Background: Measurement of nebulizer medication adherence that relies on self-report of medication use is subject to recall bias and increased patient burden. Electronic monitoring of nebulizer medication use is relatively new technology and provides an objective measure of nebulizer use. Objective: To examine levels of agreement for nebulizer use between self-report on diary cards and electronic monitor data in young inner-city children with asthma. Methods: Of 221 enrolled children with persistent asthma, 157 (71%) provided 12 weeks of diary card and nebulizer monitor recordings that were matched by date across days and by patient. Concordance, sensitivity, specificity, and κ coefficients were calculated between self-report and electronic data. Results: The children were predominantly African American (89%) and male (66%), with a mean age of 4.6 years. Their persistent asthma was categorized as mild (61%) or moderate to severe (35%). Concordance between diary and electronic data was 85%, with overreporting on diary cards noted on 15% of the total days. Sensitivity of the diary data relative to the electronic data ranged from 0.80 to 0.91 during the 12-week study. Diary return rates decreased from 75% during the initial 3 weeks to 44% at 12 weeks. Conclusions: Electronic monitoring of nebulizer use provides a more precise measure of long-term medication use than does self-report on diary cards, and it is feasible for use in high-risk populations. However, diary cards seem to be a valid alternative for short-term monitoring of nebulizer use, resulting in only a slight overestimation of medication use.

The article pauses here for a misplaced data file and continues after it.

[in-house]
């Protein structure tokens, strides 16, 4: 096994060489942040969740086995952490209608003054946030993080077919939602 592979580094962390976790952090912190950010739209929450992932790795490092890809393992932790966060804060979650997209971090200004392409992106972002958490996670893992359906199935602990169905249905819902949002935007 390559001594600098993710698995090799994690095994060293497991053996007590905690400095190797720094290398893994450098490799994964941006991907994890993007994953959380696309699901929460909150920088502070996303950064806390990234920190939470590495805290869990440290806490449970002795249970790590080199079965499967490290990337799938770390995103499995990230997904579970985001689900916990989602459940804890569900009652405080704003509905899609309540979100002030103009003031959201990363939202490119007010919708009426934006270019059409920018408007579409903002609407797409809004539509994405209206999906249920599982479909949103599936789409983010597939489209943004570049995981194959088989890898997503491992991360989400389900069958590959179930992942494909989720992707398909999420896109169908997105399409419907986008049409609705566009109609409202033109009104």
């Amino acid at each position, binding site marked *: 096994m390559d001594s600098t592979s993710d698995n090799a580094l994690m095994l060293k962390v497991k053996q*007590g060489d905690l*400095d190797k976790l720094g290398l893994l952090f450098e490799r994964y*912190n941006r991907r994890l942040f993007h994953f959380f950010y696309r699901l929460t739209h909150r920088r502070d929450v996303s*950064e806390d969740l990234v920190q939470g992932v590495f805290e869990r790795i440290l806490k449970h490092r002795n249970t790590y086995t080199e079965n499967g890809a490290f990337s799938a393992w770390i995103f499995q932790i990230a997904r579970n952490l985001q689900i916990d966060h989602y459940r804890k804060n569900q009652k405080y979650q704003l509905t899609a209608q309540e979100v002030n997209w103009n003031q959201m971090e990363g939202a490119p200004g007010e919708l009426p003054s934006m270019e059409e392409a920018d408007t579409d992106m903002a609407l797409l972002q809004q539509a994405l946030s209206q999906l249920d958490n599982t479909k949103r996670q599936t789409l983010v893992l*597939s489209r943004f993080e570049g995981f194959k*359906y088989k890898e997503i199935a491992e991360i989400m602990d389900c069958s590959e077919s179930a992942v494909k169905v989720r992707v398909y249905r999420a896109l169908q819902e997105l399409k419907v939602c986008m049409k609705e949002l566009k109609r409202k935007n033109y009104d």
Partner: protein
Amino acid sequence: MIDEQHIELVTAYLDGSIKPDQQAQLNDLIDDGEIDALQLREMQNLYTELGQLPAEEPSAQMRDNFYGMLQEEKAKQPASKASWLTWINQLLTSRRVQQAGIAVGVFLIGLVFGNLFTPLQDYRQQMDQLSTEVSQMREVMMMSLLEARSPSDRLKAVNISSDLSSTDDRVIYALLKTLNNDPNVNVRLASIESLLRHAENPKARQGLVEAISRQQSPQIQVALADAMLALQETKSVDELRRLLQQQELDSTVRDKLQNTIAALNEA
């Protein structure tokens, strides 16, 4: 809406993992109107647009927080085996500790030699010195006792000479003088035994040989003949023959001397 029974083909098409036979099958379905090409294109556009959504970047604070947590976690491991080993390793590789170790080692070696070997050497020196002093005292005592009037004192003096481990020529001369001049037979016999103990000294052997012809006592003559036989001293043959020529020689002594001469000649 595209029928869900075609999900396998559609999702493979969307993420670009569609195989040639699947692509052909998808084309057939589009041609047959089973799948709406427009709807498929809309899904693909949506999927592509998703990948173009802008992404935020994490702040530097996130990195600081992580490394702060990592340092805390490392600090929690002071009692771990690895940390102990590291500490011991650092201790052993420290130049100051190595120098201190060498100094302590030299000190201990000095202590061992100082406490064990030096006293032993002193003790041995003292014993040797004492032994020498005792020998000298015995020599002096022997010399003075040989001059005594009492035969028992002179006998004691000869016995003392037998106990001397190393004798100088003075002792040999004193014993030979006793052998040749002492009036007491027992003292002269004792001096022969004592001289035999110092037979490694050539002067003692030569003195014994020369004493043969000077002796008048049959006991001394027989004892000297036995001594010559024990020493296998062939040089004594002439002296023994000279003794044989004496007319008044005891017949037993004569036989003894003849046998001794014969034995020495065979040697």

ASJC Scopus subject areas
- Immunology and Allergy
- Pulmonary and Respiratory Medicine